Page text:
Sand speculates that given the prevailing political climate, a new California seniority law will like be “LIFO lite,” requiring additional teacher training as an alternative to dismissal. He’s right that hiring and firing of teachers should be based on outputs such as teachers’ demonstrated contribution to improved student learning, not more inputs such as time served, training, or additional credentials—none of which have a demonstrated positive impact on improved student achievement. Sand predicts:

Most likely, the legislature would craft a one-size-fits-all state law making small changes to the current system, satisfying the minimum requirements of Vergara and leaving the problem of seniority largely unsolved. Until California has a system that evaluates teachers on how well their students learn, the state’s public education will suffer.

And, until California parents start demanding the right to choose their children’s education providers no matter where they happen to live, don’t expect Sacramento politicians to enact any teacher quality requirements that would benefit students instead of teacher union members.


Obamacare Architect Warned That Tax Credits Would Be Available Only in States with Exchanges

Halbig versus Burwell is the famous lawsuit that claims that Obamacare federal health-insurance exchanges cannot pay tax credits to health insurers. The plain language of the law is that only state-based Obamacare health-insurance exchanges can channel these tax credits. The real champions of this argument are Michael Cannon and Jonathan Adler of the Cato Institute, who recently encapsulated their argument in the Wall Street Journal.

The question is still unsettled. Last week, two different Circuit Appeals Court panels came to different conclusions: The DC Circuit agreed that the subsidies could go only to insurers in state exchanges; while the 4th Circuit ruled that they could go through federal exchanges too.

The Obama administration is horrified that the Supreme Court could decide that it is illegal to subsidize insurers in federal exchanges. Most states have declined to set up their own exchanges. Further, some of those that did are closing up shop.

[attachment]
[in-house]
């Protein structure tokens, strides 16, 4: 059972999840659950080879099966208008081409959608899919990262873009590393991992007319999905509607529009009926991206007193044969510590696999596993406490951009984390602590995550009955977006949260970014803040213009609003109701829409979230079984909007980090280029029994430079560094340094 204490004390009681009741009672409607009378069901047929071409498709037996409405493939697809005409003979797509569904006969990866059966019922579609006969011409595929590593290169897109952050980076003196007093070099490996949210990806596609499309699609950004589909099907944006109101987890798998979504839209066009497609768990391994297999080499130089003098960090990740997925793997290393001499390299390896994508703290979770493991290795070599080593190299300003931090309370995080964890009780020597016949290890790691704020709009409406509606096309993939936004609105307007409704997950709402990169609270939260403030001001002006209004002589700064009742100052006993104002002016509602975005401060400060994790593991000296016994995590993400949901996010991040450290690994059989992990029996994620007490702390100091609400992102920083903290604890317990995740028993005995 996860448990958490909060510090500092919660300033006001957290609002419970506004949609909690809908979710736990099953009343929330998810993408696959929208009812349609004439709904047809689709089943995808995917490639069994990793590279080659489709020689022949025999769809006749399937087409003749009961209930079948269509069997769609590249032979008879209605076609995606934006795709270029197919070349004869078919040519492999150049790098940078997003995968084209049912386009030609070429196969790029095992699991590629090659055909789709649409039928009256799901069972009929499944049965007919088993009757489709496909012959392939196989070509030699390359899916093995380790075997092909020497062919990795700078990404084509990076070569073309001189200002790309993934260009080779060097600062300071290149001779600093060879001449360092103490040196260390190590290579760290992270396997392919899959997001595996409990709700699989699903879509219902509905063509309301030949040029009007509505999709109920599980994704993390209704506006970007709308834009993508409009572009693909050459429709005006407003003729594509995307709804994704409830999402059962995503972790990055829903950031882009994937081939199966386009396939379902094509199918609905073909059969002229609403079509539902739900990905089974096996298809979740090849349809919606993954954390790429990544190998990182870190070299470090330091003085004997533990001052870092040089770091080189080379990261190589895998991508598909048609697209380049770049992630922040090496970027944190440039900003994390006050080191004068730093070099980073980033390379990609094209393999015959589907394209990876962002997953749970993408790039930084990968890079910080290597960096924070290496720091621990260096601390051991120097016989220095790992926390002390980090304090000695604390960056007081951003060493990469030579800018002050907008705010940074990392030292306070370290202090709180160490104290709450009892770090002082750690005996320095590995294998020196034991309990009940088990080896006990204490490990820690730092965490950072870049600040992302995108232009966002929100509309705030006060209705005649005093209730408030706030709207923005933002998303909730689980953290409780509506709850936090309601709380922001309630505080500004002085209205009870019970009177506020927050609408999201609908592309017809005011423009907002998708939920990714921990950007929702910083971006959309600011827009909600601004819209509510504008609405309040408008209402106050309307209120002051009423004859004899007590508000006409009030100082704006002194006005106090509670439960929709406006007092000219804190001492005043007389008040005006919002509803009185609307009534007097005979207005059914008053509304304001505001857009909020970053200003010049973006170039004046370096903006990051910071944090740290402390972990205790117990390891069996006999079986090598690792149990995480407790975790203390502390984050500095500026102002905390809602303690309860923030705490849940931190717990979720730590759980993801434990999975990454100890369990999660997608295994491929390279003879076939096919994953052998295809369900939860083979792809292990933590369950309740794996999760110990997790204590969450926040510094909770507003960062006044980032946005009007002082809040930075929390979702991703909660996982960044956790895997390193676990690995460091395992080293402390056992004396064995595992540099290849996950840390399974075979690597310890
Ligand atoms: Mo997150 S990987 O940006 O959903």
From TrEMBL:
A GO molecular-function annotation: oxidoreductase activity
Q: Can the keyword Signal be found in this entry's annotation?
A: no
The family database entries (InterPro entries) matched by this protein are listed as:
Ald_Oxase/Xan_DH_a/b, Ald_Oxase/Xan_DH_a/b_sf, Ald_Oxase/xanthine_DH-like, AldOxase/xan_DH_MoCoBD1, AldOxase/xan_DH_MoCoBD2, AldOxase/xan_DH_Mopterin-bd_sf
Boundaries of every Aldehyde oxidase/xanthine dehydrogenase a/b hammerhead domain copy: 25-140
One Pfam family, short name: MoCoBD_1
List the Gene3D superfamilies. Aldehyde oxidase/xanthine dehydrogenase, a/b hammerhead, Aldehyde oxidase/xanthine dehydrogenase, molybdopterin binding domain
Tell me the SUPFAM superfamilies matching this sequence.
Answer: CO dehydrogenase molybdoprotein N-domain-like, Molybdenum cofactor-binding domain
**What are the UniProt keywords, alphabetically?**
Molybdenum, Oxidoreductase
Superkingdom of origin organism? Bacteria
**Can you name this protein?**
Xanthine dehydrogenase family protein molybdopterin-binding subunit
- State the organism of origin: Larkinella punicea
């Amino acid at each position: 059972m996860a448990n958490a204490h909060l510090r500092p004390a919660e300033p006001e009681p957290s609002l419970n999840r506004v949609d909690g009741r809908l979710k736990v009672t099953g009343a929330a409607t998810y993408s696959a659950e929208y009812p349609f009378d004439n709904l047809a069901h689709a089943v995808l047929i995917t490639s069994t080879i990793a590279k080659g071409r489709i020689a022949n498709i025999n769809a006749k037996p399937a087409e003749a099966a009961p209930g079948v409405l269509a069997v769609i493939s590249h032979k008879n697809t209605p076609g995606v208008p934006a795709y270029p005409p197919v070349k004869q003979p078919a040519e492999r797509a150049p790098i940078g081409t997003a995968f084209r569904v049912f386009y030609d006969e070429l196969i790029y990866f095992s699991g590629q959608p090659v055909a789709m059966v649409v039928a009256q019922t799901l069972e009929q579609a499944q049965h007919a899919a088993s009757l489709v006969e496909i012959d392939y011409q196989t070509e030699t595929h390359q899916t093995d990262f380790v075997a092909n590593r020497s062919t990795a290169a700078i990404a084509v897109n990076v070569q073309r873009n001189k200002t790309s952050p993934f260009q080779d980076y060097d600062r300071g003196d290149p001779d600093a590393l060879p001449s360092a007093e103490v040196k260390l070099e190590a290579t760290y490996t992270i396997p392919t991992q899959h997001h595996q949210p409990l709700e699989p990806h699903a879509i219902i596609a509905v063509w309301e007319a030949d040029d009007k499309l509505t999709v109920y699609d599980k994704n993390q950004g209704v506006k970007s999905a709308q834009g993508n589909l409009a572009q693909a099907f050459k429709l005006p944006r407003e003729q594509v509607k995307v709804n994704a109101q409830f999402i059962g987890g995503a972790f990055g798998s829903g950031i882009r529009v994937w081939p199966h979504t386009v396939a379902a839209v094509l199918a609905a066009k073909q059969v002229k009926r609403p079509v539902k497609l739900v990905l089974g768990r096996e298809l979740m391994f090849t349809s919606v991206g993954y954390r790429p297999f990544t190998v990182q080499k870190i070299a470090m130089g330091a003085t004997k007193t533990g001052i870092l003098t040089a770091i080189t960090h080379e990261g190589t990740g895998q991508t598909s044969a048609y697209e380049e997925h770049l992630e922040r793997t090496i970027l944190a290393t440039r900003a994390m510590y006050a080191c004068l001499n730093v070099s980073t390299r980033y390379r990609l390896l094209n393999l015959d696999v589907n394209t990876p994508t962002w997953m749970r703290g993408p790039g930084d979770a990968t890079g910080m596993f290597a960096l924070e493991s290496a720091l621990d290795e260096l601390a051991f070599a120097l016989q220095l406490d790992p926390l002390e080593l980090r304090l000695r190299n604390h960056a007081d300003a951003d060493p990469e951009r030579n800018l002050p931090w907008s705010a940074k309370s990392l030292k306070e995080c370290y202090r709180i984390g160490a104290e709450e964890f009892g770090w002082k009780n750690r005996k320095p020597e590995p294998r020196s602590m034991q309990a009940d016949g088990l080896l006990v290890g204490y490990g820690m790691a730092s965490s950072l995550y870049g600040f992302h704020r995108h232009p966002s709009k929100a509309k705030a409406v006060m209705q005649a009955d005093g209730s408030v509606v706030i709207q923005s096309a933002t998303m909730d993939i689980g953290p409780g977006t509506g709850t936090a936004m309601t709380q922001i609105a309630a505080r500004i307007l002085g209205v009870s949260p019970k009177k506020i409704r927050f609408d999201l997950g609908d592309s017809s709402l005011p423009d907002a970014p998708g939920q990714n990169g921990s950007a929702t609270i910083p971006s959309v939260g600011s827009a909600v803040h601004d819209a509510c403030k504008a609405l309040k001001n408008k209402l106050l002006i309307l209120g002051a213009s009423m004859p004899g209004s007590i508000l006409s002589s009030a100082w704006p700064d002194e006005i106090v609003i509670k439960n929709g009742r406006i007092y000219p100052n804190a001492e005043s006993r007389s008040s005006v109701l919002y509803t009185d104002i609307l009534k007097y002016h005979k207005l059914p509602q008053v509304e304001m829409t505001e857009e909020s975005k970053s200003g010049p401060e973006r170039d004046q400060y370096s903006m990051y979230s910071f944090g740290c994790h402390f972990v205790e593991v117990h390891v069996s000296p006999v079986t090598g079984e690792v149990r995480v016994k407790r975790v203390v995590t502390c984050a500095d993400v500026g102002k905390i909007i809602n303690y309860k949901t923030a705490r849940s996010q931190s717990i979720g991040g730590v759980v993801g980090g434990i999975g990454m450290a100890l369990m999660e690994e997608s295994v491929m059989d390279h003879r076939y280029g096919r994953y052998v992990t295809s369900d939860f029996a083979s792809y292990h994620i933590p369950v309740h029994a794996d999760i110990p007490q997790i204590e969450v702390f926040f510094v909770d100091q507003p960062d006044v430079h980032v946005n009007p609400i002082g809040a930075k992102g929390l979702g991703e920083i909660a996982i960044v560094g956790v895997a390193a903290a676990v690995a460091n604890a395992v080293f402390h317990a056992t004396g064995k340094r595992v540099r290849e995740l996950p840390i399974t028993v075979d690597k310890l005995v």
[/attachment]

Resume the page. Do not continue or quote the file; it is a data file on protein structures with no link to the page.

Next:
So, imagine the surprise when a researcher at the Competitive Enterprise Institute dug up a 2012 video of Jonathan Gruber, who earned about $400,000 from taxpayers as the “architect” of Obamacare, stating the obvious:

“What’s important to remember politically about this is if you’re a state and you don’t set up an exchange, that means your citizens don’t get their tax credits...”

Of course, Mr. Gruber is now trying to wriggle out of his previous comments. Read the whole story at the CEI blog.

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For the pivotal alternative to Obamacare, please see the Independent Institute’s widely acclaimed book: Priceless: Curing the Healthcare Crisis, by John C. Goodman.


A Hundred Years of War

WWImontage2One hundred years ago today, Austria-Hungary fired the first shots of World War I, sparking its conflict with Serbia. Gavrilo Princip, a Bosnian Serb, had assassinated Archduke Franz Ferdinand. Mutual defense agreements ensured that the political clash did not remain regional. Austria-Hungary got support from Germany, the Ottoman Empire, and Bulgaria. Serbia found allies in Britain, France, Belgium, Greece, Romania, Italy, Russia, Portugal, Montenegro, Japan, Brazil and the United States. The global war likely qualified as the worst bloodbath the world had yet to see, certainly in such a short duration. Fifteen million or more died in less than five years. Tens of millions were wounded, displaced, or orphaned. Disease spread. The international trade and exchange that existed before the war never fully recovered.